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Friday, June 18, 2010
FCC To Seek Better Legal Framework For Broadband Internet Access


The Federal Communications Commission today opened a new proceeding to identify the legal approach that will best support its efforts to ensure universal access to broadband services.

At its public business meeting today, the FCC voted to adopt the Broadband Framework Notice of Inquiry (NOI). This NOI launches an open proceeding through which the agency will seek public comment on issues related to the future of broadband in America.

The NOI seeks input on the best legal framework to apply to broadband Internet services - such as cable modem and telephone company DSL services - in order to promote competition, innovation, and investment in broadband services; to protect consumers; and to implement important aspects of the National Broadband Plan. A decision in April by the United States Court of Appeals for the District of Columbia Circuit in Comcast Corp. v. FCC raised serious questions about the Commission's ability to rely on its current legal framework - which treats broadband Internet service as solely an "information service" - when moving forward on these policy objectives.

The court ruled that the FCC had failed to show it had the authority to stop Comcast from blocking online applications that distributed television shows and other bandwidth-hogging files. To put its authority on sounder legal footing, the FCC decided it wants to regulate broadband access as a telecommunications service instead of as an information service.

Typically, that framework comes with price controls and competition mandates.

The NOI asks questions about three approaches in particular, while also inviting new ideas. First, the NOI seeks comment on how the Commission could most effectively perform its responsibilities within the current information service classification. Second, the NOI asks for comment on the legal and practical consequences of classifying Internet connectivity as a "telecommunications service" to which all the requirements of Title II of the Communications Act (the provisions that apply to telephone-type services) would apply. Finally, the NOI invites comment on a third way modeled on the successful "Regulatory Treatment of Mobile Services" set out in the Communications Act. Under this third way approach, the Commission would: (i) reaffirm that Internet information services should remain generally unregulated; (ii) identify the Internet connectivity service that is offered as part of wired broadband Internet service (and only this connectivity service) as a telecommunications service; and (iii) forbear under authority Congress provided in the Communications Act from applying all provisions of Title II other than the small number that are needed to implement fundamental universal service, competition, and consumer protection policies that have received broad support.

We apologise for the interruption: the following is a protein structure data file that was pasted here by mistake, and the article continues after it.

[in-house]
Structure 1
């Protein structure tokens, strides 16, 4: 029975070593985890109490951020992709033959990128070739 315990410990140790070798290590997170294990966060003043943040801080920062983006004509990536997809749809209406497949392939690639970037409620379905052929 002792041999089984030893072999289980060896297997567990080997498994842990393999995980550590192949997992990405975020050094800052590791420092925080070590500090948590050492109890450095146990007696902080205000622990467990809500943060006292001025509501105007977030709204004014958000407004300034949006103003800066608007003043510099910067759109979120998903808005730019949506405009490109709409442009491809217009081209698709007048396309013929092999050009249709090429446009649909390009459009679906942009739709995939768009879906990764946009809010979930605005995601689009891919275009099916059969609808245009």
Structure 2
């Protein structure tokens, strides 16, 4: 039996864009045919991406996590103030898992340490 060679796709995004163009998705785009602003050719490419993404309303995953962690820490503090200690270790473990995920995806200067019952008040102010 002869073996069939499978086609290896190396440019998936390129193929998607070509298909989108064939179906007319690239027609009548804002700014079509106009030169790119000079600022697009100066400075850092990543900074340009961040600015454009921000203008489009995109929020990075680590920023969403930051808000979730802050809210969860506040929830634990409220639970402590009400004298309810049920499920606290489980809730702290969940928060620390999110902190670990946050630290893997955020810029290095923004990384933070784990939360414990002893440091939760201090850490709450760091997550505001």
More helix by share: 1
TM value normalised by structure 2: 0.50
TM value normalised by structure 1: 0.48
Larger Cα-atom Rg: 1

The NOI also seeks comment on the appropriate classification of wireless broadband Internet services, as well as on other discrete issues, including the states? role with respect to broadband Internet service. The NOI does not contemplate a change in the Commission?s treatment of, or authority over, Internet content, applications, or services.

Anyone's interested in submitting his/her ideas and comments on issues related to the Broadband Framework NOI can visit http://blog.broadband.gov/?entryId=508766.


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